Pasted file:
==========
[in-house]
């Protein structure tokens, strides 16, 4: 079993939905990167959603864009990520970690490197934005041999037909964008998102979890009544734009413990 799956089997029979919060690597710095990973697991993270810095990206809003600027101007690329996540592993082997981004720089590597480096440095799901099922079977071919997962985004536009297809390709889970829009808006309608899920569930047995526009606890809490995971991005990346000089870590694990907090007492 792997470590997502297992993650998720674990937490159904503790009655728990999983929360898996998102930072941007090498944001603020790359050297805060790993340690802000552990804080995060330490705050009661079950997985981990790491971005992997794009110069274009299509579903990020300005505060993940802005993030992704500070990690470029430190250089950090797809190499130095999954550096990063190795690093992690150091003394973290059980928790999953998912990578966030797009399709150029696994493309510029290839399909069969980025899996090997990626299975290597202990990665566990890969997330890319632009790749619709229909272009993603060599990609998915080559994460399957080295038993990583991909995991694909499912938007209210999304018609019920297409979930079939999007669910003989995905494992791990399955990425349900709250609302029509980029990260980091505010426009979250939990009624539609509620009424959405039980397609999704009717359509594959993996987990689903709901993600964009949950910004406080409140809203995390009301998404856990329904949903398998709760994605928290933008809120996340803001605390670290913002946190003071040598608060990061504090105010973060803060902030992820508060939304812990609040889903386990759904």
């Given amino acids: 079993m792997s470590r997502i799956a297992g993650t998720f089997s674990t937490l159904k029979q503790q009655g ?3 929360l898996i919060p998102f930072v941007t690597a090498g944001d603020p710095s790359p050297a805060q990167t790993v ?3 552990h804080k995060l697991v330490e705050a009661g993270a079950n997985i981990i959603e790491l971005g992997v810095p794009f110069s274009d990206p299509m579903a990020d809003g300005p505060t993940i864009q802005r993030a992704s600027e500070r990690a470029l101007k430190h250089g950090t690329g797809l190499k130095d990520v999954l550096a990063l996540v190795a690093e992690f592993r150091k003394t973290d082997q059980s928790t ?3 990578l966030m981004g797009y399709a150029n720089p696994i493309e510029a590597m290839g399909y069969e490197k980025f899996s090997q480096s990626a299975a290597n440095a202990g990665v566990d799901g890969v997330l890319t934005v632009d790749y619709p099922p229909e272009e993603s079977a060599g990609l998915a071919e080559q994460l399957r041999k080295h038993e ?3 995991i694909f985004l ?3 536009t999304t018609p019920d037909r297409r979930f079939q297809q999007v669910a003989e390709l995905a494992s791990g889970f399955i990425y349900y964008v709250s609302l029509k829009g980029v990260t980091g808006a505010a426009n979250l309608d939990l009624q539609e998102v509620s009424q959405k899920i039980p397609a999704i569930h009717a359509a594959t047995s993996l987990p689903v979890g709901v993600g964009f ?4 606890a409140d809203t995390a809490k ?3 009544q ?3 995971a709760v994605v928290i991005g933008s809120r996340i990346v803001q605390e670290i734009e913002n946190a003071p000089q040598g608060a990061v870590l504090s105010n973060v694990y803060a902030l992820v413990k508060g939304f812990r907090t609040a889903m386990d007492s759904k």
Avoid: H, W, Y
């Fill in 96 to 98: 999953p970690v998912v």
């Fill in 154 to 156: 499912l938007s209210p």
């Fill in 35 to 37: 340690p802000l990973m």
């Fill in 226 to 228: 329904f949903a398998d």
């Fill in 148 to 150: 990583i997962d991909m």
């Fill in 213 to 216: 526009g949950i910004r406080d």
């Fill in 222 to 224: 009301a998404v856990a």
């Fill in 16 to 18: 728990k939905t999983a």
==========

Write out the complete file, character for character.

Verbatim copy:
[in-house]
């Protein structure tokens, strides 16, 4: 079993939905990167959603864009990520970690490197934005041999037909964008998102979890009544734009413990 799956089997029979919060690597710095990973697991993270810095990206809003600027101007690329996540592993082997981004720089590597480096440095799901099922079977071919997962985004536009297809390709889970829009808006309608899920569930047995526009606890809490995971991005990346000089870590694990907090007492 792997470590997502297992993650998720674990937490159904503790009655728990999983929360898996998102930072941007090498944001603020790359050297805060790993340690802000552990804080995060330490705050009661079950997985981990790491971005992997794009110069274009299509579903990020300005505060993940802005993030992704500070990690470029430190250089950090797809190499130095999954550096990063190795690093992690150091003394973290059980928790999953998912990578966030797009399709150029696994493309510029290839399909069969980025899996090997990626299975290597202990990665566990890969997330890319632009790749619709229909272009993603060599990609998915080559994460399957080295038993990583991909995991694909499912938007209210999304018609019920297409979930079939999007669910003989995905494992791990399955990425349900709250609302029509980029990260980091505010426009979250939990009624539609509620009424959405039980397609999704009717359509594959993996987990689903709901993600964009949950910004406080409140809203995390009301998404856990329904949903398998709760994605928290933008809120996340803001605390670290913002946190003071040598608060990061504090105010973060803060902030992820508060939304812990609040889903386990759904």
């Given amino acids: 079993m792997s470590r997502i799956a297992g993650t998720f089997s674990t937490l159904k029979q503790q009655g ?3 929360l898996i919060p998102f930072v941007t690597a090498g944001d603020p710095s790359p050297a805060q990167t790993v ?3 552990h804080k995060l697991v330490e705050a009661g993270a079950n997985i981990i959603e790491l971005g992997v810095p794009f110069s274009d990206p299509m579903a990020d809003g300005p505060t993940i864009q802005r993030a992704s600027e500070r990690a470029l101007k430190h250089g950090t690329g797809l190499k130095d990520v999954l550096a990063l996540v190795a690093e992690f592993r150091k003394t973290d082997q059980s928790t ?3 990578l966030m981004g797009y399709a150029n720089p696994i493309e510029a590597m290839g399909y069969e490197k980025f899996s090997q480096s990626a299975a290597n440095a202990g990665v566990d799901g890969v997330l890319t934005v632009d790749y619709p099922p229909e272009e993603s079977a060599g990609l998915a071919e080559q994460l399957r041999k080295h038993e ?3 995991i694909f985004l ?3 536009t999304t018609p019920d037909r297409r979930f079939q297809q999007v669910a003989e390709l995905a494992s791990g889970f399955i990425y349900y964008v709250s609302l029509k829009g980029v990260t980091g808006a505010a426009n979250l309608d939990l009624q539609e998102v509620s009424q959405k899920i039980p397609a999704i569930h009717a359509a594959t047995s993996l987990p689903v979890g709901v993600g964009f ?4 606890a409140d809203t995390a809490k ?3 009544q ?3 995971a709760v994605v928290i991005g933008s809120r996340i990346v803001q605390e670290i734009e913002n946190a003071p000089q040598g608060a990061v870590l504090s105010n973060v694990y803060a902030l992820v413990k508060g939304f812990r907090t609040a889903m386990d007492s759904k």
Avoid: H, W, Y
């Fill in 96 to 98: 999953p970690v998912v």
């Fill in 154 to 156: 499912l938007s209210p």
């Fill in 35 to 37: 340690p802000l990973m």
């Fill in 226 to 228: 329904f949903a398998d």
């Fill in 148 to 150: 990583i997962d991909m």
């Fill in 213 to 216: 526009g949950i910004r406080d």
């Fill in 222 to 224: 009301a998404v856990a």
């Fill in 16 to 18: 728990k939905t999983a």